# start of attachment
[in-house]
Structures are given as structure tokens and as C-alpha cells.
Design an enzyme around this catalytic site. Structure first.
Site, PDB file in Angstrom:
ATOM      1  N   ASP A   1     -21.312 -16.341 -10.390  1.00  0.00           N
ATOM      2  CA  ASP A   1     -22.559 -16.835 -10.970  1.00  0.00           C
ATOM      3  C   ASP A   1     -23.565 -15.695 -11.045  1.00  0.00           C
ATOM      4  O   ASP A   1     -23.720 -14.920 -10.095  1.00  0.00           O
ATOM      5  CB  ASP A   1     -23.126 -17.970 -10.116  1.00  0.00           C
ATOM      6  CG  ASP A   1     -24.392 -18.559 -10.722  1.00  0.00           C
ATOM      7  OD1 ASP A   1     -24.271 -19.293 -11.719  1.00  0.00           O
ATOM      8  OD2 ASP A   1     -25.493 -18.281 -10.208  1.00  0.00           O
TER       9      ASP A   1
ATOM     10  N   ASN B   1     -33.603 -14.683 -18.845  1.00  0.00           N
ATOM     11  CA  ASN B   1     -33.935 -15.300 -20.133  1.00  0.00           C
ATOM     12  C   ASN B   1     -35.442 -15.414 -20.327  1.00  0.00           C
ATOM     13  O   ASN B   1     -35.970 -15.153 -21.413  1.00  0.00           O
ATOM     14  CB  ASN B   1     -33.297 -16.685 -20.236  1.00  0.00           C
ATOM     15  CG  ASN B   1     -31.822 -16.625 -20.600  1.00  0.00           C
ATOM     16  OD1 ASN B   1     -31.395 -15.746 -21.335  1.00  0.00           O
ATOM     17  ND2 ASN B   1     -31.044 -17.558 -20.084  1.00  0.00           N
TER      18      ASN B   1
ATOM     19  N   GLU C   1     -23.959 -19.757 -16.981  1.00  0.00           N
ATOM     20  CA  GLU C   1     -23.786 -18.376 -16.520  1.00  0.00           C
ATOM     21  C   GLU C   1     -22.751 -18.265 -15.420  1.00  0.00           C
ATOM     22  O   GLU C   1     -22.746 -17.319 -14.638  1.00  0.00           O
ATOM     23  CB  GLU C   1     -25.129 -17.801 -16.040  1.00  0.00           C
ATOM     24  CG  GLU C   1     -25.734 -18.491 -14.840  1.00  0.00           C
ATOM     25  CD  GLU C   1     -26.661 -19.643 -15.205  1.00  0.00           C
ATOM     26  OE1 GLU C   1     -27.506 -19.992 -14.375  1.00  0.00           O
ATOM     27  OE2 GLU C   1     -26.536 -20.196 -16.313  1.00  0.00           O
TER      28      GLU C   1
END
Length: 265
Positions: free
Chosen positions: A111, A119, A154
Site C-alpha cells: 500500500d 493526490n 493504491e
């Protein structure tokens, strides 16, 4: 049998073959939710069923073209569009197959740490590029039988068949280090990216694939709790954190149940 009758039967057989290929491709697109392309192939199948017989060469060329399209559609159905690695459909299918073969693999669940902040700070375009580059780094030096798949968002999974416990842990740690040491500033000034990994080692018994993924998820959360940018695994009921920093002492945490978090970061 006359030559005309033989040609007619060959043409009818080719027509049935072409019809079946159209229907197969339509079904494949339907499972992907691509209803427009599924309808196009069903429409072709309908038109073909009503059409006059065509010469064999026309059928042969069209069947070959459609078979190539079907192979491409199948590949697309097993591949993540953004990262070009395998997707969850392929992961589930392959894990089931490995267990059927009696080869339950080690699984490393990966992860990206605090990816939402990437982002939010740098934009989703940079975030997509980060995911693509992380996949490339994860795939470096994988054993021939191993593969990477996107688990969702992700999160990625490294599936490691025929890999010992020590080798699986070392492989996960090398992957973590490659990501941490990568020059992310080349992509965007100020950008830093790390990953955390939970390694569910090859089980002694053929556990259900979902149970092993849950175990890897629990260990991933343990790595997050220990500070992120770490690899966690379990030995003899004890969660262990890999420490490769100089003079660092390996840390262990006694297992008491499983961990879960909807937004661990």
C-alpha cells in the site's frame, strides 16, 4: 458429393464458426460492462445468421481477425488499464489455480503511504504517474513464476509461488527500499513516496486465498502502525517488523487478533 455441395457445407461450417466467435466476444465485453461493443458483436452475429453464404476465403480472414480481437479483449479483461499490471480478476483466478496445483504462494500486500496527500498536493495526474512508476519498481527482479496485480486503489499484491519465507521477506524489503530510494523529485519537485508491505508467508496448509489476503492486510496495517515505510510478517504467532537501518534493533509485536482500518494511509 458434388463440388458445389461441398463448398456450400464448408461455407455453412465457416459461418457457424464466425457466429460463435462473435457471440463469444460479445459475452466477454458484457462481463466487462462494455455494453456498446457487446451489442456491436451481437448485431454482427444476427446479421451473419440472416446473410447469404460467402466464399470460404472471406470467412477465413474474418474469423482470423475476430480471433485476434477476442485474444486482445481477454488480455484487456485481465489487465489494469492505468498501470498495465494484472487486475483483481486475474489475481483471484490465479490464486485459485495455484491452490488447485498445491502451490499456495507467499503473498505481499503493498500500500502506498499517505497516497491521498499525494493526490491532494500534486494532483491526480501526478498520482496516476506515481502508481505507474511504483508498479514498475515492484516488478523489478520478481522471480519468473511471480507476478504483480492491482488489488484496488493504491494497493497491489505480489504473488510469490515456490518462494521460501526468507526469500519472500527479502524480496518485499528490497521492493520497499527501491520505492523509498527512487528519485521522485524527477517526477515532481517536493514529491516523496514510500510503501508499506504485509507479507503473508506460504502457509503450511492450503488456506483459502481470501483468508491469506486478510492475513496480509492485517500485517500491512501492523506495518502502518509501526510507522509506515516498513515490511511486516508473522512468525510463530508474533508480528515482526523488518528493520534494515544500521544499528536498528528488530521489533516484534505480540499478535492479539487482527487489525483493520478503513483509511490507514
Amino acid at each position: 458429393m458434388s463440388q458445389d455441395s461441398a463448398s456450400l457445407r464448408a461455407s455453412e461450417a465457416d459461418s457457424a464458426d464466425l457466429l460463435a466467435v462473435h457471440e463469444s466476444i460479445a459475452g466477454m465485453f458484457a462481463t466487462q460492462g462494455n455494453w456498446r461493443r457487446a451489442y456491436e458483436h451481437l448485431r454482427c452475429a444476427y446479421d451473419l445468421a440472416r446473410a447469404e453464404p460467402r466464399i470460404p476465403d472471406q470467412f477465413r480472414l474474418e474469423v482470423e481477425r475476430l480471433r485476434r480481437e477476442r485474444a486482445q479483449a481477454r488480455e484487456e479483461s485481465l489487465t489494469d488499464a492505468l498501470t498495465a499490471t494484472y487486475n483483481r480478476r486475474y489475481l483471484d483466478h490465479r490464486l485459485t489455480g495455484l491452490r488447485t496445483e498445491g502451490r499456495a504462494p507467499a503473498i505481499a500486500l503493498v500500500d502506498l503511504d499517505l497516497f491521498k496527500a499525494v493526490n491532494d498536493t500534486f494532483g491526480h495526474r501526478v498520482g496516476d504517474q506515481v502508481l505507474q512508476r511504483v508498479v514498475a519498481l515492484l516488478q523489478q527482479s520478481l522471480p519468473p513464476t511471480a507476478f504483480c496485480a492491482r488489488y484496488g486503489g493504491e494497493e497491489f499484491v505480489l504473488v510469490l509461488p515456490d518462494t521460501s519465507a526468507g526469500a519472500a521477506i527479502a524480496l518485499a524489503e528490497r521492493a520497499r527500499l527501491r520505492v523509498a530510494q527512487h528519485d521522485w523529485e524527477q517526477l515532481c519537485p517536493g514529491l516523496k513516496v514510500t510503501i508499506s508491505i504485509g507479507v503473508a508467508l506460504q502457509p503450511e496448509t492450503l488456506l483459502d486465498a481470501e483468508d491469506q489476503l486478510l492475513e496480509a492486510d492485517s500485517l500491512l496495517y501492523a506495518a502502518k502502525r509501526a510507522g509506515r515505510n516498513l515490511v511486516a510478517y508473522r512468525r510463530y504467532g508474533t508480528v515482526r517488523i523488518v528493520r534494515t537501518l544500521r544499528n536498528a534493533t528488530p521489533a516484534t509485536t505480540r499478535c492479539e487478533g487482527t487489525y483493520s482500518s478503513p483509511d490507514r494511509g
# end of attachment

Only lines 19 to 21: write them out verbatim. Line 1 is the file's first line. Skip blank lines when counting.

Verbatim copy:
ATOM     15  CG  ASN B   1     -31.822 -16.625 -20.600  1.00  0.00           C
ATOM     16  OD1 ASN B   1     -31.395 -15.746 -21.335  1.00  0.00           O
ATOM     17  ND2 ASN B   1     -31.044 -17.558 -20.084  1.00  0.00           N